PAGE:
Get lost amongst Hawaiian plants in the world’s largest maze, ride the Pineapple Express train through the fruit fields, take a garden tour of the hibiscus, bromeliads and other tropical flowers, and dine on island cuisine at the Plantation Grille.
Voor veel bezoekers betekent de North Shore van Oahu maar één ding: surfen! De wereldberoemde Waimea Bay en de Banzai Pipeline zijn heilige plaatsen voor surfers van over de hele wereld. Hier worden een aantal vermaarde surfwedstrijden georganiseerd.
De grootste plaats is Haleiwa, een mooie boothaven met daaromheen diverse stranden. Voor beginnende surfers is dit een goede plek om les te nemen of je surfvaardigheden te verbeteren.
Tijdens de zomerperiode is er bij Waimea Bay een populaire snorkelplek. Strandjutters zoeken tussen de rotsen als het water zich heeft teruggetrokken. De Banzai Pipeline ligt iets uit de kust.
The city of Lahaina on the western coast of Maui is, today, sometimes seen as simply a way to get to the beaches of Kaanapali. If you're just passing through, however, you're missing the town's charms completely.
Lahaina was once the royal capital of the Kingdom of Hawaii, from 1820-1845, and many of the attractions in the historic district date from that era – including the old cemetery, where you'll find royal graves, and a defensive fortress with reconstructed walls. Later, the city's economy was built on the whaling industry. Visitors today, however, come by the thousands to go whale watching rather than hunting. The Lahaina Historic District is the center of tourism in the town, with several 19th century attractions to check out, and was designated a National Historic Landmark in 1962. In addition to the historic attractions and whale watching, you can also enjoy snorkeling, surfing, sightseeing cruises, and luaus.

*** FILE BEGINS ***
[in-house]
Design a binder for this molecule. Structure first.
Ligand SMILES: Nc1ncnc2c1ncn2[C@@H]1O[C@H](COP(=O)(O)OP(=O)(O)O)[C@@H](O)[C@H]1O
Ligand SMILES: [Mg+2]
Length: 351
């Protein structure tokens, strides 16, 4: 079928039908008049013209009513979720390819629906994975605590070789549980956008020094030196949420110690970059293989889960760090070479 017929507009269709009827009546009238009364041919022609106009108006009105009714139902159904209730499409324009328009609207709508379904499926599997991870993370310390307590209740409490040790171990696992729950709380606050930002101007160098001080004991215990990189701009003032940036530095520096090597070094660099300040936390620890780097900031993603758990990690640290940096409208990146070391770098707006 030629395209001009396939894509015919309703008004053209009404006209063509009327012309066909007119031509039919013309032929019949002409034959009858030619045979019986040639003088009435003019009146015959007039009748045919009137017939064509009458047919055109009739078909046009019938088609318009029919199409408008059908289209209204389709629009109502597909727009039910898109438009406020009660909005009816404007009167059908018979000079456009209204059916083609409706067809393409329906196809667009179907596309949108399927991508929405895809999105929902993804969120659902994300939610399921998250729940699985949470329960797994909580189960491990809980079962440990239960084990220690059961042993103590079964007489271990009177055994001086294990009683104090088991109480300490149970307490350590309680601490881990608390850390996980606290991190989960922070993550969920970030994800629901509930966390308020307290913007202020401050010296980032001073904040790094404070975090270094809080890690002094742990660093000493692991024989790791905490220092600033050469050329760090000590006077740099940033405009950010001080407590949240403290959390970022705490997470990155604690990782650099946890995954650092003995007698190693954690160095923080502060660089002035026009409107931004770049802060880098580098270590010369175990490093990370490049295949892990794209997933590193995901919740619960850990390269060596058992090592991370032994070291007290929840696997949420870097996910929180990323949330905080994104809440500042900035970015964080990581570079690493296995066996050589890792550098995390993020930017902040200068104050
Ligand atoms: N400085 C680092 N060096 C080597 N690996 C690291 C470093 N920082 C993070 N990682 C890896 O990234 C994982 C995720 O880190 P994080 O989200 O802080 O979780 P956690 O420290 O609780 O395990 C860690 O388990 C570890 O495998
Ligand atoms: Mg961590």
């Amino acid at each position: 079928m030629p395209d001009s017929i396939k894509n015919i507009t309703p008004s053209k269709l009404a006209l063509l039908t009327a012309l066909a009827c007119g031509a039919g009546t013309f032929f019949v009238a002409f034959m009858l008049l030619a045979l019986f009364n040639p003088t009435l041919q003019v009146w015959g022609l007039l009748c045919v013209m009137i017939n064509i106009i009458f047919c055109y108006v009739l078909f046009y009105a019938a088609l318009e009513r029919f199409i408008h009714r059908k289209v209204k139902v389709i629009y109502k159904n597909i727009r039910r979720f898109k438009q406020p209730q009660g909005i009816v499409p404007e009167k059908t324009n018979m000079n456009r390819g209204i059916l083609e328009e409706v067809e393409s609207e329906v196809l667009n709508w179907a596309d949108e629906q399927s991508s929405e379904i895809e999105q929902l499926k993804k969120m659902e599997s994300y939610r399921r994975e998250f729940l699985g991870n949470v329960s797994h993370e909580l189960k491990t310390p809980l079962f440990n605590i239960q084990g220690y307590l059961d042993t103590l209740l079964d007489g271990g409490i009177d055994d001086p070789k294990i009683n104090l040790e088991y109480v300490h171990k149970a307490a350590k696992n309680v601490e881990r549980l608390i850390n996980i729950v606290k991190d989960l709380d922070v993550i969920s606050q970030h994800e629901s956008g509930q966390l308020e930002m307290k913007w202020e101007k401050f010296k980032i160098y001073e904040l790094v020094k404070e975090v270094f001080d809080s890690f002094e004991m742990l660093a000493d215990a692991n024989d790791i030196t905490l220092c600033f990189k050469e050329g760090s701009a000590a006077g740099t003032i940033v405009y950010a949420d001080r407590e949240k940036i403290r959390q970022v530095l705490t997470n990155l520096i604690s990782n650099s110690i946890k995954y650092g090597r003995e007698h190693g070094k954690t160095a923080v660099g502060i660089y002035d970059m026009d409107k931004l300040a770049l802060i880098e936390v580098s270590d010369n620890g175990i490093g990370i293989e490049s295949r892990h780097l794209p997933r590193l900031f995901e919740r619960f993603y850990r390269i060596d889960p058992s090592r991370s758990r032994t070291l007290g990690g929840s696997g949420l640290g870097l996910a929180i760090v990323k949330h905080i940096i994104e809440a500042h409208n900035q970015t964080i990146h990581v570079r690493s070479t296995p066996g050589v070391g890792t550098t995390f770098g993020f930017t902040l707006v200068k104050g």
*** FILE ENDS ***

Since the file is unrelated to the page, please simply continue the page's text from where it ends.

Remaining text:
Known as Mighty Mo, or Big Mo, the battleship USS Missouri played an important role in history. Her deck hosted the signing of the Japanese surrender, ending World War II.
Moored in a guarding position a little away from the USS Arizona Memorial, the battleship was moved to Pearl Harbor in 1999. It is now a museum ship, allowing visitors to experience a taste of life at sea.
Take a 35-minute guided tour to walk in the footsteps of General MacArthur, or listen to an audio guide. Follow the self-guided walking routes, or take the controls on a Battle Stations tour.
British explorer Captain James Cook met his death at Kealakekua Bay on February 14, 1779 perhaps due to a misunderstanding over the use of a boat.
Today, a white obelisk marks the spot where he died, standing sentinel over the lush coast and its crystal-clear water. There’s great snorkeling from the coast’s black rock beaches, along with diving and kayaking.
When you first set eyes on Akaka Falls you can be forgiven if your heart skips a beat. After all, the beauty of this 422 ft. waterfall has been known to catch travelers off guard, as there is something about its vertical perfection that casts a hypnotic, time-stopping trance.
Or, perhaps it’s the dramatic jungle surroundings that give the falls their grandeur, where the heavily eroded theater of green seems to gently cradle the plunge. Either way, Akaka Falls is one of the Big Island’s most popular and scenic attractions, and the short hike to reach the falls makes it easily accessible for visitors. Located 25 minutes north of Hilo, the waterfall is found within the confines of Akaka Falls State Park. A short loop trail leads from the parking lot towards the overlook for the famous falls, and along the way offers peek-a-boo views of 100 ft. Kahuna Falls.